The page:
Frey and Palmisano join City Council

Following the 2013 city election, the Minnesota Daily is running a series profiling new City Council members. Beginning in January, Jacob Frey and Linea Palmisano will represent City Council wards 3 and 13, respectively.

Kaitlyn Walek


Attorney Jacob Frey defeated two-term incumbent Diane Hofstede to represent Ward 3, an area that covers parts of the University of Minnesota and its surrounding neighborhoods.

Originally from northern Virginia, Frey moved to Minneapolis in 2009 after graduating from the Villanova University School of Law.

Frey raised more than $100,000 during his campaign, also defeating Green Party candidate Kristina Gronquist and Libertarian candidate Michael Katch.

Why did you decide to run for the position?

… I believe that a City Council member should be incessantly involved with those he or she is serving — at the very grassroots level — and I think that the City Council position — more than any other position I can think of — has that ability.

You know, I’m an attorney by day … but my real, real passion is community organization. That’s a wonderful spot to have some real positive, tangible impact on people’s lives.

Why was your campaign successful?

The campaign was successful, I think, entirely due to the amazing grassroots organization that we created. … We had an extremely diverse team of, you know, young professionals and empty nesters and students and local business owners … that were really all rallying around a common cause, a common vision, which is very much a new Minneapolis. That has been sort of a message throughout the campaign. It’s been an unwavering message, and I think people have been getting very excited about it.

What are the biggest issues facing the ward?

There are issues facing the ward, and there are issues facing the city as a whole, and I’m of the position that a City Council member shouldn’t be just looking out for their own little fiefdom. They should be looking out for the best interests for the city as a whole …

While we are a diverse city, we’re still very segregated. I do think we need to be looking at policies that move towards living amongst people that don’t look just like yourself, and that’s sort of a desegregation method.

We also need to look at, just quite simply, increasing our residential population, both in the ward and in the city as a whole. … In gaining that population back, I think we need to focus on the demographics that we do have and we don’t
have …

To retain those families, and to attract families to stay in a northeast, southeast or downtown area, we need pedestrian-friendly areas. We need green space, and we need a viable option for a school …

We need to look at narrowing the ridiculously bad opportunity gap and achievement gap between whites and minorities.



Five candidates ran for Ward 13, which encompasses the southwest corner of Minneapolis — the area outgoing City Council member and recent mayor-elect Betsy Hodges represents.

After the final round of tabulating votes, Palmisano secured the spot with more than 48 percent of votes.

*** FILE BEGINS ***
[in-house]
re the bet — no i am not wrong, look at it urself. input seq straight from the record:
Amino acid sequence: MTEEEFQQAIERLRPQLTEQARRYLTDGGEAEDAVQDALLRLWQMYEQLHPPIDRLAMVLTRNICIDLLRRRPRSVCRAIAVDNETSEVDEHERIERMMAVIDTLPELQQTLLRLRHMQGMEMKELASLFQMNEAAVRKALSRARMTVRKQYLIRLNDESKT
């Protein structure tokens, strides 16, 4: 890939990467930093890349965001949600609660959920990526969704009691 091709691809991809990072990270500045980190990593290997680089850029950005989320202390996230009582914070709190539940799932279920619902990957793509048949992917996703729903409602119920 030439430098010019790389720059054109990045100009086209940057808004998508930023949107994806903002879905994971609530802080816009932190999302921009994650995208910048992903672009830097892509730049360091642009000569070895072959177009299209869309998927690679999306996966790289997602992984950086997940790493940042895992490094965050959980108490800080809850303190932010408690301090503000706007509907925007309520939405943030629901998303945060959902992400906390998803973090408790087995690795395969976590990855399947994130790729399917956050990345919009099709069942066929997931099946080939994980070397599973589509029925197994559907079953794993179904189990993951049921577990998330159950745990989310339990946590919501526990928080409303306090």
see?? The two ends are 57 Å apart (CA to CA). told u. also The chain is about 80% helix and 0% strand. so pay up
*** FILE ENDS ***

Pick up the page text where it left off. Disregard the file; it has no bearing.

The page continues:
Palmisano earned a bachelor’s degree from the University of Notre Dame and MBA in strategy and entrepreneurship from the University of Minnesota. She’s held various roles, ranging from volunteering as a coach for the Southwest High School track team to working with Hodges on neighborhood organization projects.

She currently works for UnitedHealth Group. In the past, she worked for IBM Global Services in Disaster Revovery.

Why did you decide to run for the position?

I’ve been really active in our community for over a decade, and I saw this position, being an open seat, as an opportunity to do what I love on a full-time basis.

One of the groups that recruited me to run is an organization called womenwinning, and they also had encouraged me to run. They saw an open seat in the 13th ward as a strong leadership position, [and] … they wanted to have another woman in that seat …

Why was your campaign successful?

… I think I had an excellent campaign team. It certainly was not an echo chamber of people, you know, validating whatever I thought. We had a very broad team comprised of people that are strong independents, people that are real big liberals, people that have a lot of experience with campaigns, and people … who had zero campaign experience … So I think that it was because of the team.

What are the biggest issues facing the ward?

I think that, generally speaking, property taxes … Everything that influences that [is] a big issue facing the entire ward.

People feel pushed out of their homes, pushed out of our neighborhoods because of rising property taxes over the last, well, very long term. I think that’s a problem across the city, but it’s felt particularly hard in our ward.

Education is a big issue … A city that has some of the best schools is something that we need to have to have a vibrant city.

Safety, public safety, you know, violent crime in our city has increased … We cannot grow the population of our city as we plan to if it’s not seen as a safe place to be …

The environment, I think, is also important to most of the people around the ward. And the environmental concern from a city kind of basis involves things like how we sign up for our next Xcel Energy contract [and] making sure there’s more renewable energy in that.

It’s about development in all of our neighborhoods. This part of southwest Minneapolis is comprised of seven neighborhoods, and [it’s about] how we do development in that thoughtfully …